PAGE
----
Hernandez can recall every girl from her first team to the subsequent team by name, parents, years they were on the team and what they are doing now. She and Castro have been invited to weddings, to baptisms of more than one of their former dancers’ children.
Even after dance practice, both will watch film and talk to each other later in the night. Hernandez’s husband, Henry is used to the frantic pace after 26 years of marriage.
“Both of our spouses know,” Hernandez said. “It’s a family thing. I have a girl that graduated in 2008 and she (Loretta Conteras Grado) asked us to be a part of her wedding. She asked us to be a part of her daughter’s baptism the next year and then her son’s two years later. It’s one of those things that you think you touch their lives here, but it goes on after high school. The girls come back to see how we’re doing and the dance team.”
The Angels have had entire families dance for them. In their first year, they had the Martinez family dance, starting with Carrie Martinez, and then her sister, Teresa joined the team. Two years later, her sister, Catherine, joined the team. A year later, another sister, Jacqueline, and then the last sister, Michaela, was the last sister to dance for the Angels. There were 17 years of Martinez girls on the Angels.
“That mom (Martinez) liked our program,” Hernandez said. “The Martinezes have good supportive parents. We’ve never had a parent in here telling us how to do something or that you were mean to my kid. The Martinezes were very disciplined and had the best facials ever and they were hard working kids.”
Roswell faculty has had their children be on the Angels: Lorenza and George Aho, Kelly McDonald, Debbie Dumlao, Susan Sanchez and James Kelt. Castro has coached two of her daughters (Desiree from ‘99, and Ali from 2010-13) and three nieces, (Amanda in ‘99), and Olivia Herrera (2003), Elizabeth Lopez (2009). Priscilla Richardson is a cousin of Castro and she was the first girl to dance for five years as an eighth-grader and she is currently dancing at NMSU.
Castro’s son, Danny Jr. married a dancer, Gabby, who graduated in 2008. They have been married since 2014.
Former and current Angels have tried out for New Mexico State University, University of New Mexico, Eastern New Mexico University and the Dallas Cowboys (Daniella Palomino), who made it to the semifinals. She is currently a culinary chef and is now married with two children. Also, a current Denver Nuggets dancer and former RHS angel is Shania Hernandez.
With the competition around the corner, Hernandez has made the team dress in all black so that it is easier to see the mistakes and correct them. She also wants the team to be as one and not stand out.
“It’s about the kids,” Hernandez said. “I hope the girls don’t think that I’m mean. I hope they know how much I care for them. I hope they take the discipline because it works. They don’t forget where they’re going and what time to be there. When they leave our program, I think they amaze other coaches and then the girls are amazed that other girls are not like them.”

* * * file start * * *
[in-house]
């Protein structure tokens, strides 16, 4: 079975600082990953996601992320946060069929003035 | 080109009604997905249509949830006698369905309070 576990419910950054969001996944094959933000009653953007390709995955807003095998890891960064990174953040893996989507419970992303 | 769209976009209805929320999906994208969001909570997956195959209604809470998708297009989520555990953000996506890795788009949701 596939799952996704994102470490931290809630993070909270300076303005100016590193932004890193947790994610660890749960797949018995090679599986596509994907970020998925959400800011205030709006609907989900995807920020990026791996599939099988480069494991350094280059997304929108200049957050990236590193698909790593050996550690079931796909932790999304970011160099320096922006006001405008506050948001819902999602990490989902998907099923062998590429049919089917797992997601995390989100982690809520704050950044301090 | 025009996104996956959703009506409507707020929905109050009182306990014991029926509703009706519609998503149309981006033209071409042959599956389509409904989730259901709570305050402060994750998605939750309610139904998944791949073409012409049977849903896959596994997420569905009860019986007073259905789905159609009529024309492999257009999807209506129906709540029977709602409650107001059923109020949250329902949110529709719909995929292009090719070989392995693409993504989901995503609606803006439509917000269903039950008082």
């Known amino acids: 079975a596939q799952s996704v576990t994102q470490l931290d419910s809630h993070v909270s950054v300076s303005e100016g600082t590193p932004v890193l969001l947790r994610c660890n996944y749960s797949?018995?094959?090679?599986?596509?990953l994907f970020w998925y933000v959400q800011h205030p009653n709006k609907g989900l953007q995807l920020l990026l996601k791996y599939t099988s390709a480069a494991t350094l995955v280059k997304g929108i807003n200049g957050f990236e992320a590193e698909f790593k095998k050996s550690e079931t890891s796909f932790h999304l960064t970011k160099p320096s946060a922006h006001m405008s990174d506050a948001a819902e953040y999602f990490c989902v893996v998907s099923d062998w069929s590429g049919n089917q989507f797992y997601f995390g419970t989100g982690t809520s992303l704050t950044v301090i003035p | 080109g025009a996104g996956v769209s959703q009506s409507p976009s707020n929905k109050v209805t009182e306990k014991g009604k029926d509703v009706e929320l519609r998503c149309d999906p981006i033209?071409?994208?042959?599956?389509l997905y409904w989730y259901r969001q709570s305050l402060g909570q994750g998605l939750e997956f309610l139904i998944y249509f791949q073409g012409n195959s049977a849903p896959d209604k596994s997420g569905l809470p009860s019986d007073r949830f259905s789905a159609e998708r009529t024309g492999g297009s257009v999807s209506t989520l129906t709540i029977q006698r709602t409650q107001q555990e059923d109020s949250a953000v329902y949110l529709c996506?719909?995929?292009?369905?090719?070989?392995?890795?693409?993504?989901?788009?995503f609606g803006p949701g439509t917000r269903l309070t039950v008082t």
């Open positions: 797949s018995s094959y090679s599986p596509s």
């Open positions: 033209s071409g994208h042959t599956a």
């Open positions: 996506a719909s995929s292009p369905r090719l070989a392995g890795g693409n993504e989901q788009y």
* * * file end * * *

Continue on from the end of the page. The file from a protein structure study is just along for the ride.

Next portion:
The Angels have instituted team rules that work from 19 years of experience. They have to sign a drug testing policy through the school. They cannot disrespect a teammate or coach, and they have to behave on social media and act well in school and out of school.
Most of the Angels are good students with a majority of them carrying over a 3.0 GPA. Eight seniors on the team will be graduating in white (honors). The five seniors in 2018 graduated with honors. Emily Tucker, a sophomore, is on track to be the valedictorian when she graduates. The Angels practice teamwork in dance and in the classroom as they will help each other with their studies if they need it.
“It’s about the girls,” Hernandez said, “but I’m not going to lose either. We start in June and we practice, practice, practice. We’re here to win. We work hard. Every competition matters no matter what the size of it. The team we have now has not lost any competitions. … Why would I practice since June to say, ‘I hope we do well. No, I hope we win. The standard is high and I think they set that years ago.”
Hernandez expects the eighth-graders to catch up and be up to speed. Castro and Hernandez are not worried that some of the girls on the team are in eighth grade — they are on the team for a reason.
“We’ve had great parents,” Hernandez said. “We couldn’t do it without them, or the administration of RISD. We love the support we get from the city of Roswell.”
What started out 19 years ago as just helping out has turned into Hernandez and Castro turning the Angels into a dynasty.
This year, the Angels are entering a team performance in hopes of winning Grand Champion. They will compete in POM, Jazz and Team, and do three dances.
The Angels will leave Roswell school at 6 a.m. Wednesday morning and catch a flight out of Albuquerque to arrive at Orlando at 8 p.m. and will stay that night at the Hard Rock hotel.